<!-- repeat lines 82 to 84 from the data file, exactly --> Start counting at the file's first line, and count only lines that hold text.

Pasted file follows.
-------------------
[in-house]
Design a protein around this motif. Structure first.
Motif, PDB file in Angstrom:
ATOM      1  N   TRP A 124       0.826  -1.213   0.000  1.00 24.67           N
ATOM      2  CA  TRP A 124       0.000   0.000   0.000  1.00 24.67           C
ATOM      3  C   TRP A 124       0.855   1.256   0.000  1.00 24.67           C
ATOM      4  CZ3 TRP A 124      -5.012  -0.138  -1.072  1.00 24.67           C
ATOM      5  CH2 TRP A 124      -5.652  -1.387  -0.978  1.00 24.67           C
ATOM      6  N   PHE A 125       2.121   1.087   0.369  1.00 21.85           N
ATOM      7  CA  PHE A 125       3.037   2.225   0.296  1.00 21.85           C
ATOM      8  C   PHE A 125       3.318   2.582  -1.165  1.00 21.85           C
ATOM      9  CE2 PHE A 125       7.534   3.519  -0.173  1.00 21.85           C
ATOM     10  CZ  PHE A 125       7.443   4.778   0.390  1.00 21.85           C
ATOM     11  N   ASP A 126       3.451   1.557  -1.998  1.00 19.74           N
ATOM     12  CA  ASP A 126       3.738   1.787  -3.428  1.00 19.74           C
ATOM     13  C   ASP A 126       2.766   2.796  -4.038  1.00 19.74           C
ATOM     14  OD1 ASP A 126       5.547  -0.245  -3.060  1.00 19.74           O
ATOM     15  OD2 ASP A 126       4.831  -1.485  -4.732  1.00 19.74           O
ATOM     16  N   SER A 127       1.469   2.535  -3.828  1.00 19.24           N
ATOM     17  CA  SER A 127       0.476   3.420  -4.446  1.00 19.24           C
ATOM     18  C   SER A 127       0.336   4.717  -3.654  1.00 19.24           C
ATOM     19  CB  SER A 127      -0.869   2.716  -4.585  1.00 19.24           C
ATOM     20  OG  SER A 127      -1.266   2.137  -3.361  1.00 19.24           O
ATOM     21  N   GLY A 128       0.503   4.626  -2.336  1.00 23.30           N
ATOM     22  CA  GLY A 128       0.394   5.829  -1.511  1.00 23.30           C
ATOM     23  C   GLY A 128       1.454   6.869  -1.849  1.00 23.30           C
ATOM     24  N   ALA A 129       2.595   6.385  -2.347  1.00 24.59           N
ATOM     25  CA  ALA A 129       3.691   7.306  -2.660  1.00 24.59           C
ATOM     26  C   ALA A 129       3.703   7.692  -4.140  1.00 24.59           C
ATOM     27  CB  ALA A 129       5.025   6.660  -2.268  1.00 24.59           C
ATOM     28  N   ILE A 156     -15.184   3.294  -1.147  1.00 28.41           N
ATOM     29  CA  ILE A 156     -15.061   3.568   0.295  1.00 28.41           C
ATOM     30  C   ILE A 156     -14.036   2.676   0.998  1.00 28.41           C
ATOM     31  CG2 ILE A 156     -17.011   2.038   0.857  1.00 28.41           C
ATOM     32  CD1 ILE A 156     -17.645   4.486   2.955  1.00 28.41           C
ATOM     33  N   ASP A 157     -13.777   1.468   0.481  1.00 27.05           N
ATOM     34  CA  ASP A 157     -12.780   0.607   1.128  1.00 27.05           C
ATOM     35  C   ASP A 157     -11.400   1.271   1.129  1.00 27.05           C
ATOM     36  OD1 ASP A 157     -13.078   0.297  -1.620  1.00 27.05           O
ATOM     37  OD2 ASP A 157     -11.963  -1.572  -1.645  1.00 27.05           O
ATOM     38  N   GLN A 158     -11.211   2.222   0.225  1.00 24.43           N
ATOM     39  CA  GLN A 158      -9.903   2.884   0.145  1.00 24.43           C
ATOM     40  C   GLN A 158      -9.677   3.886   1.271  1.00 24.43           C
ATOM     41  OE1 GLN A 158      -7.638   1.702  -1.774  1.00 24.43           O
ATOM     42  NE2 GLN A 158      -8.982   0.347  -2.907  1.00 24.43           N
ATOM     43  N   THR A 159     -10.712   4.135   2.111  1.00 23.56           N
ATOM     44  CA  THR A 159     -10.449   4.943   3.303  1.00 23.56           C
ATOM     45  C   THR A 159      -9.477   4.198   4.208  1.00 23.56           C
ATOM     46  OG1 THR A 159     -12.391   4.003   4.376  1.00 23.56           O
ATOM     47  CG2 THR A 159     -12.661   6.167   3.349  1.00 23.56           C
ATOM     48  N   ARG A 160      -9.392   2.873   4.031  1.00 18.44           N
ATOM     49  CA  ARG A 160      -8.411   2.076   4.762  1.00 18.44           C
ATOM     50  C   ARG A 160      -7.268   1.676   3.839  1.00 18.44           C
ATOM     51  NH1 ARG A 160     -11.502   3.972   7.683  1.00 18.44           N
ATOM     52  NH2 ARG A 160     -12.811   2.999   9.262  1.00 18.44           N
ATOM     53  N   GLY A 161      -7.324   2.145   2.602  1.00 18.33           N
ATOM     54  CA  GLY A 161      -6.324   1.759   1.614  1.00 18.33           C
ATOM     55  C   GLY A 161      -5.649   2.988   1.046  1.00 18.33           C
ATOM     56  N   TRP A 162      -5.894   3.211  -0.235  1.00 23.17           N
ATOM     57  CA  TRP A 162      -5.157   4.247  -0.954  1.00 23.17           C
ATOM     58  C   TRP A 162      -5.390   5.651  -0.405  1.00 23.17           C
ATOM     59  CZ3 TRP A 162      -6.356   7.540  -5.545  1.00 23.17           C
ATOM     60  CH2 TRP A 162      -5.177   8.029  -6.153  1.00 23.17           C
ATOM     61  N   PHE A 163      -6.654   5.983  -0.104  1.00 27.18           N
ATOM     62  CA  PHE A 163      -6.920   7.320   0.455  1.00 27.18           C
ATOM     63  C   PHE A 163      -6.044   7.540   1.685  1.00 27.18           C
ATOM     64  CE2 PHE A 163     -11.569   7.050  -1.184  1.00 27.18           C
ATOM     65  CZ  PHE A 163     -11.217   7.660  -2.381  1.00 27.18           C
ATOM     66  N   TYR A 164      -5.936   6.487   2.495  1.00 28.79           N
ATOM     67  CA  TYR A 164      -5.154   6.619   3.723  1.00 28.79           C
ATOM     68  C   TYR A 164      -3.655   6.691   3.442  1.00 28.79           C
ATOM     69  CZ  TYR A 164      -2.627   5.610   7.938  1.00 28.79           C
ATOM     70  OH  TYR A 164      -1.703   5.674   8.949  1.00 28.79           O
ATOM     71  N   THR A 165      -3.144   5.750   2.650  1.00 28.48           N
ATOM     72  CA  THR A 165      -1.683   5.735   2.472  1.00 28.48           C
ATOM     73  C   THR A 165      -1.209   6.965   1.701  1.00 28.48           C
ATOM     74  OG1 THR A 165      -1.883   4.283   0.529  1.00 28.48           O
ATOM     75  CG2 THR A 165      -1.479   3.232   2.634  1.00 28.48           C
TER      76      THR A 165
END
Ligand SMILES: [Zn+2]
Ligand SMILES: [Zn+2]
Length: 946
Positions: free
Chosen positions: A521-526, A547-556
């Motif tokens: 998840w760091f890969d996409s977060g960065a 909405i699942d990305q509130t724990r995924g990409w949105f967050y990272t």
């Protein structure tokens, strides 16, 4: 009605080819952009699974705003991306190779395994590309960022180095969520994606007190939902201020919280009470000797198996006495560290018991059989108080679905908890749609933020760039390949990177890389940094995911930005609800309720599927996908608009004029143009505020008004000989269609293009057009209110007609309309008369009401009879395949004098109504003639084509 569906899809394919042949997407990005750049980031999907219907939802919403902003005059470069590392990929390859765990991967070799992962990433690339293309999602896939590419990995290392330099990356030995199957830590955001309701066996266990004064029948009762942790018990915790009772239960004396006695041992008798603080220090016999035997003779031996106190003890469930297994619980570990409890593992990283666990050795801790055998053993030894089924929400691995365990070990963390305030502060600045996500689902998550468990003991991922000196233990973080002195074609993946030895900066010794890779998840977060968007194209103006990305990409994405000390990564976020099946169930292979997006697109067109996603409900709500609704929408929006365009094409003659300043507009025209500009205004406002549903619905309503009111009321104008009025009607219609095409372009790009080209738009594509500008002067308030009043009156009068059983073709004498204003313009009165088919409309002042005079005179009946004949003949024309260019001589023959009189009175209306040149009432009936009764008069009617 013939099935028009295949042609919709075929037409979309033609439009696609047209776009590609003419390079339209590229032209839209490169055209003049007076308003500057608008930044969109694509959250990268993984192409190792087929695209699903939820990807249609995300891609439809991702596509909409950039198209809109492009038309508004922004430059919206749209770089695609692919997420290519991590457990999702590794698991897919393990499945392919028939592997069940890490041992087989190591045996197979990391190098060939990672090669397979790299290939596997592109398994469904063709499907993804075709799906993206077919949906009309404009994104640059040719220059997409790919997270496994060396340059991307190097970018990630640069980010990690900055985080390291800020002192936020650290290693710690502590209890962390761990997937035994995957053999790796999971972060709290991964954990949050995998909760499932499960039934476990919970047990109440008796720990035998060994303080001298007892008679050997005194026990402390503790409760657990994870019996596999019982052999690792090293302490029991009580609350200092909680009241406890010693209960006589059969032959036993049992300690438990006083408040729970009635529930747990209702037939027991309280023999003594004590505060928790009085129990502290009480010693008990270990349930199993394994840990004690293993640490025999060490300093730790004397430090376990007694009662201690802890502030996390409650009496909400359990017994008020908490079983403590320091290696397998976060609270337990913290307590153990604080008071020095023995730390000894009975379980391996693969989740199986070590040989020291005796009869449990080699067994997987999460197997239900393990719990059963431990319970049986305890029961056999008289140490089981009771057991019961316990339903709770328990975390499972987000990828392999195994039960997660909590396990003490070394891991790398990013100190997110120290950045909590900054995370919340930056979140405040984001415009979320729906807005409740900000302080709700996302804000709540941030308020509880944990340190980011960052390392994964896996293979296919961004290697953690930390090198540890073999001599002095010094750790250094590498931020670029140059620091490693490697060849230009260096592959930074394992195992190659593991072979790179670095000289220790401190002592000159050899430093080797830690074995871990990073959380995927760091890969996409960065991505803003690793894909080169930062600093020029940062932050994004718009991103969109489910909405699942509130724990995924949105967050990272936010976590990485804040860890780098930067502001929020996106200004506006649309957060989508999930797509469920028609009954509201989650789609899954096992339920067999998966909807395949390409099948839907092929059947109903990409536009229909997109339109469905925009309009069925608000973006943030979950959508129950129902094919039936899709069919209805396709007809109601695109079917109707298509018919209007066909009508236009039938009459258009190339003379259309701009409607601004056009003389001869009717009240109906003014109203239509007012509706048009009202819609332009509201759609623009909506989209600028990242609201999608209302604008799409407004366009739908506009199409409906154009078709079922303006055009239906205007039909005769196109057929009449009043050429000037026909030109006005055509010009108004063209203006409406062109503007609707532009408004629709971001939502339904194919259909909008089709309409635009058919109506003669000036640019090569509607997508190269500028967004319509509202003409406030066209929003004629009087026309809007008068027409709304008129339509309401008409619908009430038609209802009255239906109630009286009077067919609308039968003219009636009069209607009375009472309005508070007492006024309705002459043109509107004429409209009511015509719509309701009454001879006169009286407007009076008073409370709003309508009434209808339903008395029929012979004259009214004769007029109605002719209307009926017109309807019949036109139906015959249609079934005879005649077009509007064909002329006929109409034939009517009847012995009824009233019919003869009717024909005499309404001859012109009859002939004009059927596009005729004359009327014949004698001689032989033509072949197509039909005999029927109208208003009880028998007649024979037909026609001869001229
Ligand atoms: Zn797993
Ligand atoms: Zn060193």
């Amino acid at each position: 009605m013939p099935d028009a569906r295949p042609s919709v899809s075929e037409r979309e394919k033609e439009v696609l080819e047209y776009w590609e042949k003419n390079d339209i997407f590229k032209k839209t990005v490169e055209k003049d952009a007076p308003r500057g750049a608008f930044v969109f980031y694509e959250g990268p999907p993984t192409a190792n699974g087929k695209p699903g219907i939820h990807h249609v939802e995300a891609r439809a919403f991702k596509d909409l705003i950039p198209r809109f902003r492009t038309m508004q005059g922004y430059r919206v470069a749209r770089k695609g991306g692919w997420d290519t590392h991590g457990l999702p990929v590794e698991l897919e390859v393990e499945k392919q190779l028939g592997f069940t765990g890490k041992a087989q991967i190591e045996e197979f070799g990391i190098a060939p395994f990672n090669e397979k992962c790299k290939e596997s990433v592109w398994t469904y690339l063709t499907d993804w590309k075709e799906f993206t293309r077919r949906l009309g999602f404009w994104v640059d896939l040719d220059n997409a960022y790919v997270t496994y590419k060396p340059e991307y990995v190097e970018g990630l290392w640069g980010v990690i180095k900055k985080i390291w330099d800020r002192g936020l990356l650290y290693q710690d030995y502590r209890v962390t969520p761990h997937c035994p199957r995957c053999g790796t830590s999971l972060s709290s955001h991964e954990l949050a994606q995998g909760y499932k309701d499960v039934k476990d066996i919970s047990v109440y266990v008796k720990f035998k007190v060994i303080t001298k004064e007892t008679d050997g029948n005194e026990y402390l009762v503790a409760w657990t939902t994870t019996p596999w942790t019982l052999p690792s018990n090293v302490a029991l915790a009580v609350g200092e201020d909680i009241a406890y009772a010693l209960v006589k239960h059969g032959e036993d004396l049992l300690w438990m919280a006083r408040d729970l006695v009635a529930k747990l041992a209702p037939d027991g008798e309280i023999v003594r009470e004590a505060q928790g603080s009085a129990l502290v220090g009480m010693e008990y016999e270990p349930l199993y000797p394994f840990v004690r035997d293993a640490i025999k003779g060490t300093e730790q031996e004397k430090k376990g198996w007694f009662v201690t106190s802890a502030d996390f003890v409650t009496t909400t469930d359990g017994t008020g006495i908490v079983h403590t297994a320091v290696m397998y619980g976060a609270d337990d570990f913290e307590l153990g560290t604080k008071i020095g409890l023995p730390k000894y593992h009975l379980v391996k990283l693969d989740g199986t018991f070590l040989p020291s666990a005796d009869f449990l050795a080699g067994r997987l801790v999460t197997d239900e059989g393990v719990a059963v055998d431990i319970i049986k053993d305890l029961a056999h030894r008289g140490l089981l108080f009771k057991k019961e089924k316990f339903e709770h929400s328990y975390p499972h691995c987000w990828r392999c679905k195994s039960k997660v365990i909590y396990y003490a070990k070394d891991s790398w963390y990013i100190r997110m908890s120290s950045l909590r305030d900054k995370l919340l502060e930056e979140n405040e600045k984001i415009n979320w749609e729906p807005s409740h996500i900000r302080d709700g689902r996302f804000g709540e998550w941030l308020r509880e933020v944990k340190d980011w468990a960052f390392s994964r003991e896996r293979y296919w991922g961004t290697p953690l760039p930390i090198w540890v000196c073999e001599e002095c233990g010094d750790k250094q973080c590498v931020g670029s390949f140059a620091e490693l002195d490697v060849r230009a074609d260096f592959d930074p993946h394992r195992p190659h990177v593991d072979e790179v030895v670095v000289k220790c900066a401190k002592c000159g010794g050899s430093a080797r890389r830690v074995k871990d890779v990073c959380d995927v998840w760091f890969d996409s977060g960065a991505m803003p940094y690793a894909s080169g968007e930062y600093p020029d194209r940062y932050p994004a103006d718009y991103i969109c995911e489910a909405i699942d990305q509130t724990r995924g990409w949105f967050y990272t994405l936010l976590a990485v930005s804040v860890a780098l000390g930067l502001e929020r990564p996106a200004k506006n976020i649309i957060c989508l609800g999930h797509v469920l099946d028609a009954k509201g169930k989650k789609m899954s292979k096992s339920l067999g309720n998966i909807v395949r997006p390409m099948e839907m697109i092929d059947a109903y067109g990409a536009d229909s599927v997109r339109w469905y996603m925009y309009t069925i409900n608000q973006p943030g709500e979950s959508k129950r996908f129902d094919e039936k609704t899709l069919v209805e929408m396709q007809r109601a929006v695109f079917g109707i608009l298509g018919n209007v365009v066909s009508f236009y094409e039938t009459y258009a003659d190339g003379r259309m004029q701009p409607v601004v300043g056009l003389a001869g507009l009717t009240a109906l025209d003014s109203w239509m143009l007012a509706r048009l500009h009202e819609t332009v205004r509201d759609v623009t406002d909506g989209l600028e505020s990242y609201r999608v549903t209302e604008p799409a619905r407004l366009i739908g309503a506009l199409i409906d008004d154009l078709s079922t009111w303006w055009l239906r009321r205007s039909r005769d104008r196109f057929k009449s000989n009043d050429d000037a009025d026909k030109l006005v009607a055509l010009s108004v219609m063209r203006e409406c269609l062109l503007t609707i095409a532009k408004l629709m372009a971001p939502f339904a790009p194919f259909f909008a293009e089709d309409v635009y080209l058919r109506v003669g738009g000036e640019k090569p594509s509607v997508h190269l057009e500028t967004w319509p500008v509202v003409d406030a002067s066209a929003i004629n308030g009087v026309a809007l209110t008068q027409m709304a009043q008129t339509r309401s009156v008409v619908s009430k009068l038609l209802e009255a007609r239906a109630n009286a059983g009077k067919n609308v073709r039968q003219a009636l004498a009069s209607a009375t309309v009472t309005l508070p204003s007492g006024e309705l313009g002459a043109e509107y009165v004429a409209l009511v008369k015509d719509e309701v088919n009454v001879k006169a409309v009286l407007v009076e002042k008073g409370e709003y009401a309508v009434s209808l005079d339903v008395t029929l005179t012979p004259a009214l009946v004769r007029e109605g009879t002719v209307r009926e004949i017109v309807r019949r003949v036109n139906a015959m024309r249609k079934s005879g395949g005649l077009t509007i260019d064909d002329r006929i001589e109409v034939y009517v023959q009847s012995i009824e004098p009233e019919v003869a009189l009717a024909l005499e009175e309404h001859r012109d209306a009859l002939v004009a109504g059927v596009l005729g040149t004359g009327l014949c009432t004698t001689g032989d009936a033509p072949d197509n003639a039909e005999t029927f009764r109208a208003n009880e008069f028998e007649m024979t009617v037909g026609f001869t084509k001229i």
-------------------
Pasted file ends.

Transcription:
Ligand SMILES: [Zn+2]
Length: 946
Positions: free